H.A. Brewing Co., Eureka

Story and photography by Lido Vizzutti
Sitting at a wooden picnic table outside H.A. Brewing Co. in Eureka, head brewer and owner Chris Neill turns to name a few of the peaks cascading across the vista – Deep Mountain, Krinklehorn Peak and Gibraltar Ridge stand out through the trees, divided by a singular “v” cut by Grave Creek.

Taking a sip of Neill’s Mireille Farmhouse Ale – a French name pronounced as “Me-Ray” while using the tricky, guttural rolling “r” – imparts a surprising sense of place.

Following Neill’s gaze across the quiet panorama and sipping the ale, you can feel the rusticity, a singular realization that there is an actual taste to the landscape – the liquid synopsis of “terroir.”

That’s something that Neill grasps elegantly in his farmhouse ale – he knows that the true importance in this tricky-to-define brew is to impart an awareness of its home.

“To me, there’s a lot of key words, and I think a farmhouse-style beer is fairly elusive,” said Neill. “We’re not in Belgium – I’m not going to try and pretend like we’re in Belgium – so these are our Montana versions.”

Originating on French and Belgian farms, the ales were brewed in the fall with what was available. Fermented throughout the winter, the beer was served to seasonal farmhands during the summer as workers relied heavily on the calorie intake with potable water either rare or not available.

With ingredients differing between locations – resulting in years of evolution, refinement, interpretation and re-interpretation – the true farmhouse ale conveys a sense of origin. You taste the place it comes from.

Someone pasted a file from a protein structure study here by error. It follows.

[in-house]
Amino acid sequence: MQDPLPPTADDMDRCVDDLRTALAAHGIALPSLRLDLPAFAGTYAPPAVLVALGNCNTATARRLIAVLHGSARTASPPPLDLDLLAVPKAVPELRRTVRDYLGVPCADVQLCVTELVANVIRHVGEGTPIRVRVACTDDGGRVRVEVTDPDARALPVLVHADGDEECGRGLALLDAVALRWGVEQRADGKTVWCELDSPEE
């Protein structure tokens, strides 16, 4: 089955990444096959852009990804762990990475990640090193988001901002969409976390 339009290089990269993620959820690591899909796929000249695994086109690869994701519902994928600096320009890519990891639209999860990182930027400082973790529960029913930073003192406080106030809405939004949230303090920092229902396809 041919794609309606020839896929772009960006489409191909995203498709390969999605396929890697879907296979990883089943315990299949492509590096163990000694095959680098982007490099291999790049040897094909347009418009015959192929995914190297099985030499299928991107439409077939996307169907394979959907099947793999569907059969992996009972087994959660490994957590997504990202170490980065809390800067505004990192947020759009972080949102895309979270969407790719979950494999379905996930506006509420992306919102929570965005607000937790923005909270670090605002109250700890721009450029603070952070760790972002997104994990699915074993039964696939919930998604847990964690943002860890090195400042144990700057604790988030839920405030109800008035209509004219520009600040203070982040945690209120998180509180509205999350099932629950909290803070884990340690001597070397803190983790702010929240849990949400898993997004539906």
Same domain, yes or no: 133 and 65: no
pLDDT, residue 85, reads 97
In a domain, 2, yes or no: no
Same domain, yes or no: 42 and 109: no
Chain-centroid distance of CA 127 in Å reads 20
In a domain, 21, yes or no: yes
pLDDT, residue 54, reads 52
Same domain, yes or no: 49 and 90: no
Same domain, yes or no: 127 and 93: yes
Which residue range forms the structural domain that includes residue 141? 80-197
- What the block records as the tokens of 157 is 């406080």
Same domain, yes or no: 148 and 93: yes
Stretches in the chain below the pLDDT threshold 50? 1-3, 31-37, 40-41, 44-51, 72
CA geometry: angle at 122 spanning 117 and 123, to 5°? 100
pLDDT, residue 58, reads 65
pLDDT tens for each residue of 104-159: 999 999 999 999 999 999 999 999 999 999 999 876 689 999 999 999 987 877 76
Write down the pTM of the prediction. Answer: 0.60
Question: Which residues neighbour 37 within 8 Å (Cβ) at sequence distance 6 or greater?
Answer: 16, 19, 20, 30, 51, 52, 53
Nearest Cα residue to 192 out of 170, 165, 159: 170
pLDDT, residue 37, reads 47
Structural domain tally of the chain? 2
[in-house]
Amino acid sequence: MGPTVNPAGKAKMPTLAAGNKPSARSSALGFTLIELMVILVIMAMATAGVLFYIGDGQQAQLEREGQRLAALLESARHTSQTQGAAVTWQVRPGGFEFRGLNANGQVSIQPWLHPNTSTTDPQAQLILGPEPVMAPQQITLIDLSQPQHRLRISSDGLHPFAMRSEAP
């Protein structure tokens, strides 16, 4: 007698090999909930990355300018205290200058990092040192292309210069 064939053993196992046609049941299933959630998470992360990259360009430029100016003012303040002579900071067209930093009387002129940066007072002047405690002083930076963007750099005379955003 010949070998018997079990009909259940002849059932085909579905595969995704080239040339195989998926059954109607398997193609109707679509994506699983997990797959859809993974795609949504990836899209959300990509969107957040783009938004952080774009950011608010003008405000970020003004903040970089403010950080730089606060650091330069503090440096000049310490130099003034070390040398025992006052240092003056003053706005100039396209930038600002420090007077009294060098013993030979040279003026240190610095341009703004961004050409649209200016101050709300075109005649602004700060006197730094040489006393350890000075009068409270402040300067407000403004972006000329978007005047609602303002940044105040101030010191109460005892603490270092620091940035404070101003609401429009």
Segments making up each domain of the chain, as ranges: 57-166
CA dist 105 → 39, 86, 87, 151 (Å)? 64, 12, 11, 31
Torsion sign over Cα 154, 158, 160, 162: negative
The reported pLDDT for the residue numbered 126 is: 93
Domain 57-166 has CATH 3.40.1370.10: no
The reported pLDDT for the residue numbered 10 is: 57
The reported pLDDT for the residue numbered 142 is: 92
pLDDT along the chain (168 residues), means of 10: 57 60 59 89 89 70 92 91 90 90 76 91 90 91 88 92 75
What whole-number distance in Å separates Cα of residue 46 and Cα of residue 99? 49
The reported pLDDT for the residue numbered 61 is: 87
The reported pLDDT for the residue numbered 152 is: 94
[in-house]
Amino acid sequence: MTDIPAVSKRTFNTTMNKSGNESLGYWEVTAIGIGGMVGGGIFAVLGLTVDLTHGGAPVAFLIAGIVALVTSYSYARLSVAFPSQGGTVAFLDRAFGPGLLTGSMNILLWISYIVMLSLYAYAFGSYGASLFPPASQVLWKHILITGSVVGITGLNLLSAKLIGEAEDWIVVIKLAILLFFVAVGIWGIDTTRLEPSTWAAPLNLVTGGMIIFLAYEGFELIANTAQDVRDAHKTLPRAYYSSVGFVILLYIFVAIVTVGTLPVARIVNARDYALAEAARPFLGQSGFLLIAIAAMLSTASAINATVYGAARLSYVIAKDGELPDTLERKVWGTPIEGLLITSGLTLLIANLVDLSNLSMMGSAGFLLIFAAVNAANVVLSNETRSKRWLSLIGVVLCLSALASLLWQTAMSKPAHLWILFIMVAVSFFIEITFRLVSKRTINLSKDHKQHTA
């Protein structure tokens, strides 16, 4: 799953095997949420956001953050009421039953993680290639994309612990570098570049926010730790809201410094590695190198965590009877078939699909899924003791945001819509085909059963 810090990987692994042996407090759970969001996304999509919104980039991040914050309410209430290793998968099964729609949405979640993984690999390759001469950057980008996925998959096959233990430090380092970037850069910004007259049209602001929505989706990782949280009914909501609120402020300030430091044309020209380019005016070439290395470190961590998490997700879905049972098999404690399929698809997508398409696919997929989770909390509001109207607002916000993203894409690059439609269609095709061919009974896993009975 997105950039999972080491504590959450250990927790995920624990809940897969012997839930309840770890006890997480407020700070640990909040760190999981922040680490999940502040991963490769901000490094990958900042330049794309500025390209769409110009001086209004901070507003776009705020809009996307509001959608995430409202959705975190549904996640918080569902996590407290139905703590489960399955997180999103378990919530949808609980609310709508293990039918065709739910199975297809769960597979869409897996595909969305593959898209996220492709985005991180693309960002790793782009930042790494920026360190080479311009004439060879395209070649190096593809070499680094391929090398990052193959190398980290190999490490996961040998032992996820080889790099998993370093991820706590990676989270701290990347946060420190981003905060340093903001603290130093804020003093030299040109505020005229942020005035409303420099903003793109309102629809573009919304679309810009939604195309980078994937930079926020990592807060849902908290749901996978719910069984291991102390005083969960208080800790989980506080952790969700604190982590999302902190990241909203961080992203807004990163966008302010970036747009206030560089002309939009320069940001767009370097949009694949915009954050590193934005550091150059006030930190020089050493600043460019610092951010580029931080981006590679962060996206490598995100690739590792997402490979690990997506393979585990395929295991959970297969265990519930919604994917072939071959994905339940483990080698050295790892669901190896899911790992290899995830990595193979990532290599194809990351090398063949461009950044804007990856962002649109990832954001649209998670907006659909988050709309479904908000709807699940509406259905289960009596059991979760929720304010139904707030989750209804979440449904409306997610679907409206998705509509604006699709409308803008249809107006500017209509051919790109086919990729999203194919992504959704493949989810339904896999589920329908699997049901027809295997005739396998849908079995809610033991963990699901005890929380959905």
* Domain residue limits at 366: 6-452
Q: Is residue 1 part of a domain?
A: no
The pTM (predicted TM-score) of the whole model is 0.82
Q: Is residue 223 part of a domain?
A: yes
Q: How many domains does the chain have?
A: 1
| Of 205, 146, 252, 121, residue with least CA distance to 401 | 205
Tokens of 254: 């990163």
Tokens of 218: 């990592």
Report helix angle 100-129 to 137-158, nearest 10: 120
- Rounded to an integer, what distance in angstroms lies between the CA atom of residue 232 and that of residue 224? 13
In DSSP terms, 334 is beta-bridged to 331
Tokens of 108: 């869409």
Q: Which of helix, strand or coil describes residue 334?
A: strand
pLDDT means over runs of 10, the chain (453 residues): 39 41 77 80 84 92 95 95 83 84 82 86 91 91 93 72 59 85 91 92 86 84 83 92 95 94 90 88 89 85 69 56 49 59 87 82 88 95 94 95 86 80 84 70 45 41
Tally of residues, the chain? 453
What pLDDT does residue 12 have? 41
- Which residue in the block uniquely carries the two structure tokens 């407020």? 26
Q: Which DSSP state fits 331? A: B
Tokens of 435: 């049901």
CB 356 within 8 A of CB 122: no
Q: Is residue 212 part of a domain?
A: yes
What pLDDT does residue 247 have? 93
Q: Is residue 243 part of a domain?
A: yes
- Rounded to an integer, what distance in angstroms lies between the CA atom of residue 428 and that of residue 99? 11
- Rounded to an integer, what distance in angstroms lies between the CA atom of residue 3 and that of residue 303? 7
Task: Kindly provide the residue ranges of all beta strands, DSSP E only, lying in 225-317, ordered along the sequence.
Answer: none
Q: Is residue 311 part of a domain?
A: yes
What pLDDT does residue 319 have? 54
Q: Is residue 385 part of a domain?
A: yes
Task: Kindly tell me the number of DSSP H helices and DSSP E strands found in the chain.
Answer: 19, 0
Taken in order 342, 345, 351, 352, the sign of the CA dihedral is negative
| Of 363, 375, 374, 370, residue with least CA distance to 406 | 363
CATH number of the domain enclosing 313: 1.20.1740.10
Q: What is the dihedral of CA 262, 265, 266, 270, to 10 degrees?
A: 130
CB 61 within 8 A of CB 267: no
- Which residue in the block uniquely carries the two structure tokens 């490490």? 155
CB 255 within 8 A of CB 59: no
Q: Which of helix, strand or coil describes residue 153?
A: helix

“It’s lightly tart, dry, has good mouth appeal and is bubbly. It’s tart in the beginning and the end but smooth in the middle,” said Neill. “Probably the biggest difference on (Mireille) is that we ferment it open top with Brettanomyces.”

Using the Brett yeast as a primary fermenter creates the “funky,” smooth, tart and clearly yeast-forward experience. With the open fermenting – sometimes in a small, open oak fermenter – the ale literally allows the surrounding environment to impart its uniqueness on the brew.

Open-top fermenting can be challenging to maintain consistency. For Neill, though, “that’s a little bit of the allure.

“The natural exposure definitely lets it breathe,” said Neill. “It’s not bound up in a CO2-closed environment, although yeast does make a CO2 lid as (it’s) heavier than oxygen, but it’s still more open to the environment.

“For me, I love that Brett flavor, especially in a primary fermentation. As funny as it seems, I’m not a huge sour fan, but I like tart beers. In the summertime, I think, a tart beer is really refreshing.”

Style Farmhouse Ale
IBU 22
ABV 5.9%
Malts Pale, Crystal 10, Flaked Oats, Flaked Rye
Hops Centennial
Yeast Brettanomyces Trois
Appearance Light Hazy Gold
Description Lightly tart on start and finish, smooth in the middle with good mouth appeal. Slightly “funky” and yeast forward.
Where to get it You can find Mireille on tap at H.A. Brewing Co., 2525 Grave Creek Road, Eureka, MT. From U.S. Highway 93, head east on Grave Creek Road for 2.5 miles and look for the signs. H.A. Brewing Co. beer is also served at locations around the Flathead. Visit www.habrewing.com or call the taproom at (406) 889-3950 for more information.